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Clinton's A Hit In Hollywood

Bill Clinton headshot
AP
Hotline Executive Editor and CBS Early Show contributor Craig Crawford joined a crowd of Hollywood heavyweights as Bill Clinton took to the stage and turned on the charm.

Bill Clinton already has a talk show – wherever he shows up.

Headlining a private fund-raiser for environmental causes featuring Hollywood stars entertaining other TV and movie stars in their own backyard, Mr. Clinton proved he could do their jobs quite well.

Even box-office champ Tom Hanks had to concede Mr. Clinton's performance skills during an improvisational skit before celebrity contributors to the National Resources Defense Council.

"You know, I don't know much about the environment," Mr. Clinton said in an exaggerated Southern drawl after Hanks introduced him Friday night in cozy Wadsworth Theater near the Beverly Hills neighborhoods where many in the audience live.

"I came up here to meet Forrest Gump."

Mr. Clinton flawlessly echoed the deliberate cadence and plaintive tone of the famously dense character Hanks played in the movie. He smoothly timed each line to the crest of laughter from an audience of entertainment pros including comedy stalwarts Rob Reiner, Martin Short, Ron Howard, Steve Martin, Ted Danson, Jamie Lee Curtis, Ben Stiller and "Seinfeld" producer Larry David.

"I’m from Arkansas and I like Forrest Gump. Then he left me alone up here on this stage and I'm lonesome and scared."

Hanks, who earlier introduced the former president as "the man I still like to call the Boss," returned to the stage behind Mr. Clinton's back and surprised him with an unplanned exchange.

"Did you call me, Bubba?" Hanks said in the authentic Gump voice, turning the bit into a replay of Gump's scenes with best friend Bubba Blue.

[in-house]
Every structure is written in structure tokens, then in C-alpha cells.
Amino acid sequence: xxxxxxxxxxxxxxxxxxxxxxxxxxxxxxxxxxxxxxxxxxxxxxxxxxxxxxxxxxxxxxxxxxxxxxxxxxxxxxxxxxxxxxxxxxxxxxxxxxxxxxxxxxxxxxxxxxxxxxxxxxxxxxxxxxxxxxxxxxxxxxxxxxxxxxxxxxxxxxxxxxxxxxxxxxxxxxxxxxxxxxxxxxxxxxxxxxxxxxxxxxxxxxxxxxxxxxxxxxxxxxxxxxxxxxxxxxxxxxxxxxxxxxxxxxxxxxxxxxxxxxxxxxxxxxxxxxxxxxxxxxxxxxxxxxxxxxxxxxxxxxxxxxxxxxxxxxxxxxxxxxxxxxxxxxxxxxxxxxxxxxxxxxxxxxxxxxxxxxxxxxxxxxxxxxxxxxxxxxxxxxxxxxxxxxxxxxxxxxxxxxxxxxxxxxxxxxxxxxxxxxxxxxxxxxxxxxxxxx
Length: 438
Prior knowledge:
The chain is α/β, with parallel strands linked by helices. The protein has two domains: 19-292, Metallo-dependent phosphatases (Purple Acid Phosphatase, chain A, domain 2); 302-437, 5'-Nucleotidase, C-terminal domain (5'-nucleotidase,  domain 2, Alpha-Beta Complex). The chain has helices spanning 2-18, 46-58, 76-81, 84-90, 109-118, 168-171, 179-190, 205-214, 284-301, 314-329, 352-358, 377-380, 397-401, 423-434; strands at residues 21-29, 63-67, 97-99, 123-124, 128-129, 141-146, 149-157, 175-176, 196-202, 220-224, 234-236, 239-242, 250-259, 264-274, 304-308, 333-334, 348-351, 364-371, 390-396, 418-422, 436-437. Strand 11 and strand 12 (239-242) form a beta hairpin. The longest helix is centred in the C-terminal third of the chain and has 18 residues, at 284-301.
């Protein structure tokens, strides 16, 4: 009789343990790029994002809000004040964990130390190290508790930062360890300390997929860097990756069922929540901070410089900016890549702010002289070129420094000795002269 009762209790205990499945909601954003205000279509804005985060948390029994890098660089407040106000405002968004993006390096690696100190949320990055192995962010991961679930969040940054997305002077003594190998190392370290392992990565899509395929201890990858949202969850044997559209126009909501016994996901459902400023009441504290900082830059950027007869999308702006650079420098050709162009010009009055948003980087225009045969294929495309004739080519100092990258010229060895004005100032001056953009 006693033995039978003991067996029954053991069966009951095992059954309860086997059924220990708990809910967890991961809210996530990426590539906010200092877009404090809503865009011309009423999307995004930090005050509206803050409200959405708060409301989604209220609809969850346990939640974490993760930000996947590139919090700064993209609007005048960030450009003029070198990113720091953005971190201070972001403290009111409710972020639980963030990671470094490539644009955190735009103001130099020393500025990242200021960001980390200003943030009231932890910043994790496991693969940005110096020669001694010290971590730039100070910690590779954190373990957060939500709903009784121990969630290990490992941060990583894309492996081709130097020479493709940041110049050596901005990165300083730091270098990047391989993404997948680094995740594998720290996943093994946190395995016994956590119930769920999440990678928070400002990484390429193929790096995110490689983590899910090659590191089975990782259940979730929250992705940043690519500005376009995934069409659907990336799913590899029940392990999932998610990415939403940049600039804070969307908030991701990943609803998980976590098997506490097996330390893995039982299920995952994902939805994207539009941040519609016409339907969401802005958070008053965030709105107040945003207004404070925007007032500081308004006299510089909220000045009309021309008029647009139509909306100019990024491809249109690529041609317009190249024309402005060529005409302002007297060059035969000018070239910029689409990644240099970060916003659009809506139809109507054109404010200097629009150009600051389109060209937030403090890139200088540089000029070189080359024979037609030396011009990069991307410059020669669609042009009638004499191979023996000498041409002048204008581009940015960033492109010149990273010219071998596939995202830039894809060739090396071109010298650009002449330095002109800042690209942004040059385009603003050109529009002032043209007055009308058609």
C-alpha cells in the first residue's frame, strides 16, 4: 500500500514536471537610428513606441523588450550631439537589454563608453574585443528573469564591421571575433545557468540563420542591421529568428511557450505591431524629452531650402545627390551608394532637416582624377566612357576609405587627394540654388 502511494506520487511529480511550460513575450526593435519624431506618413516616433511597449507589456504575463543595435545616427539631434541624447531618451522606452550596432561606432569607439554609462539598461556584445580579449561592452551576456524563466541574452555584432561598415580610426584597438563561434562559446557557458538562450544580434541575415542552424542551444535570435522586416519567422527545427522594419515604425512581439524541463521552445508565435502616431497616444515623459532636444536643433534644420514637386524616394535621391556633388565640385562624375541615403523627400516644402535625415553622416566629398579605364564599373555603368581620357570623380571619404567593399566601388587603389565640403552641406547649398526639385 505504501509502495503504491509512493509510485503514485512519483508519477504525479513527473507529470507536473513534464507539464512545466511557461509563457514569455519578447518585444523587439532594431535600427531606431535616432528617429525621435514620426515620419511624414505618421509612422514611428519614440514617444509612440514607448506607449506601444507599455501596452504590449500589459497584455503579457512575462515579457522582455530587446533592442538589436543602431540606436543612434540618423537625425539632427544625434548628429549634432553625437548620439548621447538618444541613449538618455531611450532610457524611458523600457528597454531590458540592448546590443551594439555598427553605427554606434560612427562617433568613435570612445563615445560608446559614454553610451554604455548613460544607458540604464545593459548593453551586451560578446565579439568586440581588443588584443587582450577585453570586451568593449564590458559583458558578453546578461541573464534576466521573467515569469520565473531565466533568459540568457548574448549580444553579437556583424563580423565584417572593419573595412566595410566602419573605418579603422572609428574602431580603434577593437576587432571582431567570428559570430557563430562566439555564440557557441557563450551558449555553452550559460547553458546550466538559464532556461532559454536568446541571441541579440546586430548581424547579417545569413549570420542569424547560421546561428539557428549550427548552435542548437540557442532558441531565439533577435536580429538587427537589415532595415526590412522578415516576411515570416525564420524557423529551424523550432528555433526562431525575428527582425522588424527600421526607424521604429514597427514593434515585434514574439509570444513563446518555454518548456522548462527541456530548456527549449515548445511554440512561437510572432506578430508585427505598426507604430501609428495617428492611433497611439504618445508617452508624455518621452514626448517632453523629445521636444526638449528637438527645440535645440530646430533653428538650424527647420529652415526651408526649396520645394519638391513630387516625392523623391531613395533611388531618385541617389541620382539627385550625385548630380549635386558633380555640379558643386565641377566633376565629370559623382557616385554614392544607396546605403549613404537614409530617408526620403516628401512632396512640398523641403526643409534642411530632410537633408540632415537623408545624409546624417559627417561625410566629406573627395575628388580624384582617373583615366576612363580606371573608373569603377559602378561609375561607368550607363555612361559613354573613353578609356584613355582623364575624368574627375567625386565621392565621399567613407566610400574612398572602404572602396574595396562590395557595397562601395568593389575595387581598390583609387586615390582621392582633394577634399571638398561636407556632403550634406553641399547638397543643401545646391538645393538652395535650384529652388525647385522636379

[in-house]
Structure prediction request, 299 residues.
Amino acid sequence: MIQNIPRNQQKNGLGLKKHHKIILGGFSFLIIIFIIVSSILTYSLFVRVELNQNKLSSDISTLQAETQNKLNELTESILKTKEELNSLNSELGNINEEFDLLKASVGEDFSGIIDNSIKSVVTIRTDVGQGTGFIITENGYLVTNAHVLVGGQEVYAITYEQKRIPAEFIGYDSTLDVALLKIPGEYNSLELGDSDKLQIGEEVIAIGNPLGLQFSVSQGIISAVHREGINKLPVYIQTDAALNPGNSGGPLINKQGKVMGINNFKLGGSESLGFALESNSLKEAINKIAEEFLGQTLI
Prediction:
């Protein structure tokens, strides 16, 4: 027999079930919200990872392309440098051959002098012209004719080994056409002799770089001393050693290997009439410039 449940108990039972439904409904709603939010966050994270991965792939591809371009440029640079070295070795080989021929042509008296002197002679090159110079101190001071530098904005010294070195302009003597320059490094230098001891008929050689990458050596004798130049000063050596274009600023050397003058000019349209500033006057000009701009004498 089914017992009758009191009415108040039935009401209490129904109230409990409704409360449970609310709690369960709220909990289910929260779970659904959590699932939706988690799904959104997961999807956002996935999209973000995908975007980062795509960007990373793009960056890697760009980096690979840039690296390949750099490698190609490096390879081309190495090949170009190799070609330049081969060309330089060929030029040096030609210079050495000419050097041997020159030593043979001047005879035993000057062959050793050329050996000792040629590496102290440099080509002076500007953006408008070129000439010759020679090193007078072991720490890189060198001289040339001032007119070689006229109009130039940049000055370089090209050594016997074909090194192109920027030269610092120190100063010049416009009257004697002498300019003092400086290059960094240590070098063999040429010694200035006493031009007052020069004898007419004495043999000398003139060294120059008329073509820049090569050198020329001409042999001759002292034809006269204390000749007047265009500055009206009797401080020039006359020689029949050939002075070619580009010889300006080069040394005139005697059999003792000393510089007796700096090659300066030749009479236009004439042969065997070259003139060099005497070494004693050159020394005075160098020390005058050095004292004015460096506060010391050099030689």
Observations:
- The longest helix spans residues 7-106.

Unfazed, Mr. Clinton stayed in character: "What are we supposed to do now?"

"Supposed to talk to them people."

"I like them. They don't let my rivers get polluted and I can fish in them."

"I know how to fish."

"Can you bait a hook?"

Hanks lost it, breaking out of character: "I can't even improv a line right now."

Mr. Clinton covered for Hanks, grabbing the actor by the shoulders and warming anew to the crowd, this time as the real Bubba Clinton: "Is this guy good or what?"

The audience cheered Mr. Clinton's compliment for Hanks even though they had just witnessed one of their most successful colleagues bested in a comedy smack-down with a politician.

Notice how he managed to pander to his crowd while staying in character, praising the group's work saving rivers. But that was just the beginning.

Although never seen as a passionate defender of the environment, Mr. Clinton delivered a speech on everything his listeners wanted to hear. His appearance was arranged by former White House chief of staff John Podesta, a consultant to the group raising $1.6 million this night. Yet Mr. Clinton had to acknowledge in his speech that the NRDC sued his administration several times.

In his newfound zeal for the environment, Mr. Clinton even found a causal connection between global warming and terrorism. He opened the serious part of his talk wondering, "what in the world could environmental fights have to do with what happened on Sept. 11?"

His answer came later in a stem-winder on the effects of global warming.

"Here’s what's going to happen if the world warms the next 50 years at the rate of the last ten ... We'll create millions of food refugees and young angry terrorists and mercenaries. All because we're in the grip of a stupid idea and can't understand why we ought to drive cars that get 80 to 100 miles a gallon."

The crowd roared its approval, some even wiping tears away.

In a span of time no longer than a nightly talk show, Mr. Clinton made his audience laugh, cry and think; Letterman and Leno meet Nightline in a single performance.

As with the rest of Mr. Clinton's larger-than-life experience, the night recalled Forrest Gump’s most famous line: "My mama always said life was like a box of chocolates. You never know what you're gonna get."